Allow me to attempt a pithy summary which you may Tweet at your leisure:
Five years are not a career, it’s barely even the beginning of truly learning a craft. All I can is after five years of learning, I know marginally more than when I started. So, I sat down and pulled twenty photographs from each year since 2009 and the genesis of my education and practice to see where I began and where I am now. Over the next few weeks, I am going post them, five at a time and talk a little about the photos. We being with Pill Bottles.
One of the first thing a new photographer does is experiment with their camera. This mean going about taking photos of odd things in odd places. There is usually little rhyme or reason to the images and most of them suck. Pill Bottles is no different, I was at work late one evening, playing my new camera and opened a drawer full of orange pill bottles. I took several shots, using the camera’s pop up flash. (A profound faux pas!) The images were kind of cool but nothing special, an exercise in settings on the camera. Ironically, this photograph stands tied for the single highest paying sale out of my entire body. One Magazine paid very well for the rights to publish, and I am not even sure they did.
Where to begin with self portraits. Unless you have children or a VERY understanding spouse, most new photographers have only the one model: themselves. Let me be clear, self portraits are different from “Selfies”. (An inane term I long to see confined to the linguistic dustbin of history.) Self portraits say something about how you see yourself, a “Selfie” is just says you see yourself, no introspection or understanding, just vanity. Over the years, I’ve done several self portraits and they are universally done in black and white and usually show me doing something self-destructive.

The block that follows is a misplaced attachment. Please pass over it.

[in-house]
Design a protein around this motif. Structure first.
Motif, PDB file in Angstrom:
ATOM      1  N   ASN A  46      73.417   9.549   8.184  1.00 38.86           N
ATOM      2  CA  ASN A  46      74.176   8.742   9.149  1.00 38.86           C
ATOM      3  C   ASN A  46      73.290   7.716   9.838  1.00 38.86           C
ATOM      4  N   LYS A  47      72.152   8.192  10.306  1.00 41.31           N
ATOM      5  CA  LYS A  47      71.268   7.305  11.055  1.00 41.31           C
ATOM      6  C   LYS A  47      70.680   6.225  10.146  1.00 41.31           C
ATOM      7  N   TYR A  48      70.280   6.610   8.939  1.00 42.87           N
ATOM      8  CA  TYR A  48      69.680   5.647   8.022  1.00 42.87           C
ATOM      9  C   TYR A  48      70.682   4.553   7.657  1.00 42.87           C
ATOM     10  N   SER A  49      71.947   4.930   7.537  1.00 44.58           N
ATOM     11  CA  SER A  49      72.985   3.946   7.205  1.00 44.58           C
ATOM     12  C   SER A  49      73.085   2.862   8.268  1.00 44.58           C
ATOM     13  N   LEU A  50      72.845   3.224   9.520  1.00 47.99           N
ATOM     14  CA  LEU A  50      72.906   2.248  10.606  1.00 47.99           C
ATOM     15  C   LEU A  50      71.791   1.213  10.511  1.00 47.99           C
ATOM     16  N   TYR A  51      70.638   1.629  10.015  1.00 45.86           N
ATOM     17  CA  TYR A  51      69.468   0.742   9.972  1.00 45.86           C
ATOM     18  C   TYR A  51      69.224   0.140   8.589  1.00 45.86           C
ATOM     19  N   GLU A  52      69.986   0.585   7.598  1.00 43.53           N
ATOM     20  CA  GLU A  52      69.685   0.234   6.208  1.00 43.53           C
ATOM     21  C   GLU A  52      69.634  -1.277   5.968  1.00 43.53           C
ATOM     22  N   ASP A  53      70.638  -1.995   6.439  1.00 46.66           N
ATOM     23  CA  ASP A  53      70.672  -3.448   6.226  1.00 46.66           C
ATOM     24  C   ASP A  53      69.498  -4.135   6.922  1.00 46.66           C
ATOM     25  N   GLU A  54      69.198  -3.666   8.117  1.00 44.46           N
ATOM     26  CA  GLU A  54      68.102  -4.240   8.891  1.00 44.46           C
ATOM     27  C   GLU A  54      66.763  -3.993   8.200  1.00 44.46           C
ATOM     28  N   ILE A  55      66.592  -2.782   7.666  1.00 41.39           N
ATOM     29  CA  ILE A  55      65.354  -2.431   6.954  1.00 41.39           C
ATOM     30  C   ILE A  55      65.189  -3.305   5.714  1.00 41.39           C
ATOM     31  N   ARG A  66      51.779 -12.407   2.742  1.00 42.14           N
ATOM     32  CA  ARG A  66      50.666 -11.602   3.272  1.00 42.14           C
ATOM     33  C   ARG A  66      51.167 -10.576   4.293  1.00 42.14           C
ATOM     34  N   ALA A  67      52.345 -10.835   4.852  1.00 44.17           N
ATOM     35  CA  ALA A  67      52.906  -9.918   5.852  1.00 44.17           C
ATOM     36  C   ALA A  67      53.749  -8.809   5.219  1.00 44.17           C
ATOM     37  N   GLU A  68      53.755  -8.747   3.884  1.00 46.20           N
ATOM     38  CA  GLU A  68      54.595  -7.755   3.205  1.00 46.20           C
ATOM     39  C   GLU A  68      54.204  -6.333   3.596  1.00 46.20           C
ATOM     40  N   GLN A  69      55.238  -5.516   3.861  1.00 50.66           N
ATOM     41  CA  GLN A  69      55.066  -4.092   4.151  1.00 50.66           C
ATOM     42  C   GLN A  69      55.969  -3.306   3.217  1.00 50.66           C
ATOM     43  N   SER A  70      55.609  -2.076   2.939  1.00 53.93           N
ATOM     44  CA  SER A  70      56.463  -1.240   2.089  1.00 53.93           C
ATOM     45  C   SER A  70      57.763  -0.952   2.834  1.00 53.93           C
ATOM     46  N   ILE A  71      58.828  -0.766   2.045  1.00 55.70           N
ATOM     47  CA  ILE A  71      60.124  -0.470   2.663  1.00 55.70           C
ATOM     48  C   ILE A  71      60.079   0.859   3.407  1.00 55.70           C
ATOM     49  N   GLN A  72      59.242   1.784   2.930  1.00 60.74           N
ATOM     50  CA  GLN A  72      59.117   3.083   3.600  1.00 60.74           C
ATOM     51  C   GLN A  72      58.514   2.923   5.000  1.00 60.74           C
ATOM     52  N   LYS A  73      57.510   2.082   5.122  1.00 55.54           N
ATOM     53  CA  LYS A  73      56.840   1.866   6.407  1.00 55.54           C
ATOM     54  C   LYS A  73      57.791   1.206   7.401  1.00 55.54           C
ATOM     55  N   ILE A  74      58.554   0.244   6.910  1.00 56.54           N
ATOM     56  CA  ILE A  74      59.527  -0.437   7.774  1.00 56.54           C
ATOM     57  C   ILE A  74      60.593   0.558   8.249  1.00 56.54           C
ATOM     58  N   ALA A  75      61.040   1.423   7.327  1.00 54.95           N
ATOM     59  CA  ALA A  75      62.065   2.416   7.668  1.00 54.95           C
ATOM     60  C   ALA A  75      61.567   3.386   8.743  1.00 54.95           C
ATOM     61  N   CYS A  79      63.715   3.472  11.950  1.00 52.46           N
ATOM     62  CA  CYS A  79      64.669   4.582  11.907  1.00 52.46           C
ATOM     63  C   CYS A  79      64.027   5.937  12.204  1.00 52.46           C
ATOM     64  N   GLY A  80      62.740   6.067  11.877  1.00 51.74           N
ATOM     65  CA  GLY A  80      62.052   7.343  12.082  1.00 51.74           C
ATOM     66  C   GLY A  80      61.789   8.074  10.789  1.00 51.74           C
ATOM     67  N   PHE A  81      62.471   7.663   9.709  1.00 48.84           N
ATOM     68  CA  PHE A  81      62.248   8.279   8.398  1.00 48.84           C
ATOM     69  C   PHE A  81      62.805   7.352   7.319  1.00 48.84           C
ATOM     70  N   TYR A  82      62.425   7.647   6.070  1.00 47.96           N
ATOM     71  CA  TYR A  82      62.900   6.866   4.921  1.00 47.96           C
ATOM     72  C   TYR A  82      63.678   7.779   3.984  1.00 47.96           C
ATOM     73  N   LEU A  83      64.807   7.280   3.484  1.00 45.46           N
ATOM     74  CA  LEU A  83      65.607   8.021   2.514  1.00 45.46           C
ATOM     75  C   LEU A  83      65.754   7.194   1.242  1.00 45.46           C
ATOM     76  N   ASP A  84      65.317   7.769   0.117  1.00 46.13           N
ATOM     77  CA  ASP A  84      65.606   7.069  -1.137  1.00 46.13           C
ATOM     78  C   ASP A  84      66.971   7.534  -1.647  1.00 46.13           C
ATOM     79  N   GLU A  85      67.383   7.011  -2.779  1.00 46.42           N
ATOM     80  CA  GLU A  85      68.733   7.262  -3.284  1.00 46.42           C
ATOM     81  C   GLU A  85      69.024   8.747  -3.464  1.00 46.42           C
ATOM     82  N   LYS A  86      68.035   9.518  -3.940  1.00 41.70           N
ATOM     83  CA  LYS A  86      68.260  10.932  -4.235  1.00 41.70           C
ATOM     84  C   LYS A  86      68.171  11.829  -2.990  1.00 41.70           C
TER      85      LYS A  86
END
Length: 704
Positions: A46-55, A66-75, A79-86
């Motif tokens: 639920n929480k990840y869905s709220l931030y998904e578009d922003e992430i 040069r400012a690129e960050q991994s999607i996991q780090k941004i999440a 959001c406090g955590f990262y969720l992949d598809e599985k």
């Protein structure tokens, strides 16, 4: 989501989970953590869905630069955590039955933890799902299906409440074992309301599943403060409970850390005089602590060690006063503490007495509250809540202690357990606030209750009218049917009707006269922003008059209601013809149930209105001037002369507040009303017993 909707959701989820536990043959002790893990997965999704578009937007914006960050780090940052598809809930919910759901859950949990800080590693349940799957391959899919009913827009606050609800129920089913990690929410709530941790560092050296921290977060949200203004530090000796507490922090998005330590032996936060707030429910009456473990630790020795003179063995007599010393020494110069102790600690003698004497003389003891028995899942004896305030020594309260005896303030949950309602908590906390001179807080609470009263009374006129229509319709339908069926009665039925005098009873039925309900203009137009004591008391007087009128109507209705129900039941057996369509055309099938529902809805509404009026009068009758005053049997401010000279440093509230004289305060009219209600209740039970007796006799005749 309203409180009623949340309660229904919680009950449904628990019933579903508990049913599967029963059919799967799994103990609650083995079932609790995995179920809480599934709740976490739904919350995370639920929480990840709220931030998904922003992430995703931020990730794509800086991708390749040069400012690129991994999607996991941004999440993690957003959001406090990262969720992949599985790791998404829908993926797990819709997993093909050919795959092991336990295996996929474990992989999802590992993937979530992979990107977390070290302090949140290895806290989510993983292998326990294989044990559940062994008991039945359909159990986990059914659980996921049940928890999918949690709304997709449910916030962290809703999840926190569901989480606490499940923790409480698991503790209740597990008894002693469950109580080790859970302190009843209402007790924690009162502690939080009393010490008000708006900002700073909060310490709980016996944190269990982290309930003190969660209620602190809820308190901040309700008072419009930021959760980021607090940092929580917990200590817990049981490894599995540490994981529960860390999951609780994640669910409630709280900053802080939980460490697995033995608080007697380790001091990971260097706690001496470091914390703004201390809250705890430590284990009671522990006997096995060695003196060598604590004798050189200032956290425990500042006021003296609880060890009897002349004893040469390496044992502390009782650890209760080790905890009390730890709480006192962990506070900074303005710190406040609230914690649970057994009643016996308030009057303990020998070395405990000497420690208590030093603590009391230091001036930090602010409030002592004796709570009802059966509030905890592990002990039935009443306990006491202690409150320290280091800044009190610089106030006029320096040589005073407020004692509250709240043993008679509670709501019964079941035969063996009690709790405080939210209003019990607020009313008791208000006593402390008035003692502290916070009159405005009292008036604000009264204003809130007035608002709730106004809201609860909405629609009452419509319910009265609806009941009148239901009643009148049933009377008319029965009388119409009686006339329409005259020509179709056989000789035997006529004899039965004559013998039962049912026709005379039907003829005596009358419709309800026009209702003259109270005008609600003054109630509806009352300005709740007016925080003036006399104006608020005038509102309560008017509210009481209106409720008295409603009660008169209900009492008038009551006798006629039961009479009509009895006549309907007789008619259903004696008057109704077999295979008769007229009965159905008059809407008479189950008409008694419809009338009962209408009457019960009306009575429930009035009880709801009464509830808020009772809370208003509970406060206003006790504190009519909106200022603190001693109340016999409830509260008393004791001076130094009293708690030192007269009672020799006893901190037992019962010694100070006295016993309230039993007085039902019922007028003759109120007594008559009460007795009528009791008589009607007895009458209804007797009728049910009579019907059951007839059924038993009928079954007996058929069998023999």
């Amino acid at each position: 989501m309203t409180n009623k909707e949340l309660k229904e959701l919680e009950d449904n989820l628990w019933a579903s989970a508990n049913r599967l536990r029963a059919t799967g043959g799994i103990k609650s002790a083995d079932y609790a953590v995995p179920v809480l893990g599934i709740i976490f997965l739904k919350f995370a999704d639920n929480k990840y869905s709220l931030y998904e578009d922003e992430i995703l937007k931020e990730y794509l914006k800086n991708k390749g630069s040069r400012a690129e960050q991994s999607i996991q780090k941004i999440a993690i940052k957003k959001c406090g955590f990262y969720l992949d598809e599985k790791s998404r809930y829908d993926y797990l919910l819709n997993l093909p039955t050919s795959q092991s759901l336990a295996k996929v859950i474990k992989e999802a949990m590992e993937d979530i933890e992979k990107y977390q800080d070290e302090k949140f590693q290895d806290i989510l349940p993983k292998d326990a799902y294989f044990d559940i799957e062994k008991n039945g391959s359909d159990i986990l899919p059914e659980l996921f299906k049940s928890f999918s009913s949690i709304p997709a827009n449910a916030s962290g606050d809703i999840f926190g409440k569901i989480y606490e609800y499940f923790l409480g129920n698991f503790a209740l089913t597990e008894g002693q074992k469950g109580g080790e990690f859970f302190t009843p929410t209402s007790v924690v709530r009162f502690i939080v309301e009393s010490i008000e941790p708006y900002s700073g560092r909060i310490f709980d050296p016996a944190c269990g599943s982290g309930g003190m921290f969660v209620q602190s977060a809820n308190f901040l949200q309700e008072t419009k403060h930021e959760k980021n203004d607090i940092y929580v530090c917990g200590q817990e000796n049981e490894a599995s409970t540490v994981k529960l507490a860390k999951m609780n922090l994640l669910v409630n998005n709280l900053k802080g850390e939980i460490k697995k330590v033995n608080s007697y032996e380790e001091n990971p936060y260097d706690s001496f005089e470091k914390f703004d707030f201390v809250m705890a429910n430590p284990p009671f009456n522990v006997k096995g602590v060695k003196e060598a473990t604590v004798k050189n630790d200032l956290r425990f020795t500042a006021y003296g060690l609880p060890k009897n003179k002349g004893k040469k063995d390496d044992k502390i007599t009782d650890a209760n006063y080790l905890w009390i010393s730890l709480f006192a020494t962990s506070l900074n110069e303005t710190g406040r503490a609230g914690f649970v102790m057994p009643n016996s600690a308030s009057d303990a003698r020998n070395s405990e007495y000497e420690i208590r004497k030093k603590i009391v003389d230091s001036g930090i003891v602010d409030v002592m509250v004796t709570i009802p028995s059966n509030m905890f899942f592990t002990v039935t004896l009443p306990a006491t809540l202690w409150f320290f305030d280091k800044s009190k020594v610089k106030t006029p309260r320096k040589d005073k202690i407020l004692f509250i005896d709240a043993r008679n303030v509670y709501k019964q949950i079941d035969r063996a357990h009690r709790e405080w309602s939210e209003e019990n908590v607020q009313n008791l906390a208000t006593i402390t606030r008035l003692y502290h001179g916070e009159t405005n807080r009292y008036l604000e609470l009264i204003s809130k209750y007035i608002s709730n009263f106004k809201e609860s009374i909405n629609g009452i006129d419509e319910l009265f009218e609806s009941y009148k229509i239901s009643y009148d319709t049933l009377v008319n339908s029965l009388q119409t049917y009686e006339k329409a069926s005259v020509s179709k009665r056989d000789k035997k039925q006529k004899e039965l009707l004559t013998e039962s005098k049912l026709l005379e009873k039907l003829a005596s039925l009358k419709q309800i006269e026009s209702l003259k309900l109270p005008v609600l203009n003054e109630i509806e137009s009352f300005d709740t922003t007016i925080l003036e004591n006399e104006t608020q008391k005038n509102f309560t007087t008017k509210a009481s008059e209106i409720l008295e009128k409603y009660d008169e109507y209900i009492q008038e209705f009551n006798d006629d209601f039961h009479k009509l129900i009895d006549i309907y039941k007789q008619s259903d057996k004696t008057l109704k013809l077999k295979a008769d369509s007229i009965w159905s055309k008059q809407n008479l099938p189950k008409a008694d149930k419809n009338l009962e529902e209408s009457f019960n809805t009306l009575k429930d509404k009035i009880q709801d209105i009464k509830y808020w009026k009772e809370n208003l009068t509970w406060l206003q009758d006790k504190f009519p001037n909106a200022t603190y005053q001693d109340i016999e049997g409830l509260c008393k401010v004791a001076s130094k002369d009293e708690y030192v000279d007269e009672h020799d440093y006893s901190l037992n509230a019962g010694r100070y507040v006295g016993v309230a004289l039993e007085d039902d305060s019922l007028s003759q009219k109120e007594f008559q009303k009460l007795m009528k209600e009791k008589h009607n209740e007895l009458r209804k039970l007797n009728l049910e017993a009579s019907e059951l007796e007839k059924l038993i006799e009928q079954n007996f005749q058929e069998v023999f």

It didn’t take long for me to develop an interest in Street Photography as a genre, though I don’t classify myself as a “Street Photographer”. (Best to avoid labels in life, do what you like and stop worry about what people call it.) This woman, I still don’t know her name, lives in my neighborhood. She is developmentally disabled and wanders the street during the daylight hours. Sadly, I’ve watched her grow progressively worse over the years. Where she once seemed cognizant and connected with reality, I’ve watched her slip to the point of walking about removing articles of clothing. The neighborhood once moved to care for her, now with an influx of gentrifiers and money seem to either ignore of treat her as a scandal. I stopped taking her photo as she slowly grew worse, I simply won’t capitalize on human suffering, particularly when I am not even decent enough to learn her name.
Fairly early on, I realized the focus of my photography is basically Solyent Green. (IT’S PEOPLE!!!!!) I am not a social person, I have a small group of friends and like to keep my life fairly contained within them. Still, my fellow human beings fascinate me, I find them compelling. I learned the best way for me to work with this fascination is within the confines of the large public event, this photo is from the New York City Dance Parade. The Dance Parade also introduced me to another passion, photographing dancers of every kind and style. There is something about the art of dance, dedicated to motion and stopping that motion, capturing just a single instant of that energy that became a recurrent theme.
And if you want to find interesting people to photograph, New York City does the job. Certainly, there are fascinating characters on every corner of America and someday I would like to devote my time to finding them. For now, I have an entire city full of characters to document. My good friend Blackwolf the Dragonmaster will appear again in The One Hundred. After all, if your town has an unofficial Wizard and protector from dragons, how can you not take the time to document his work?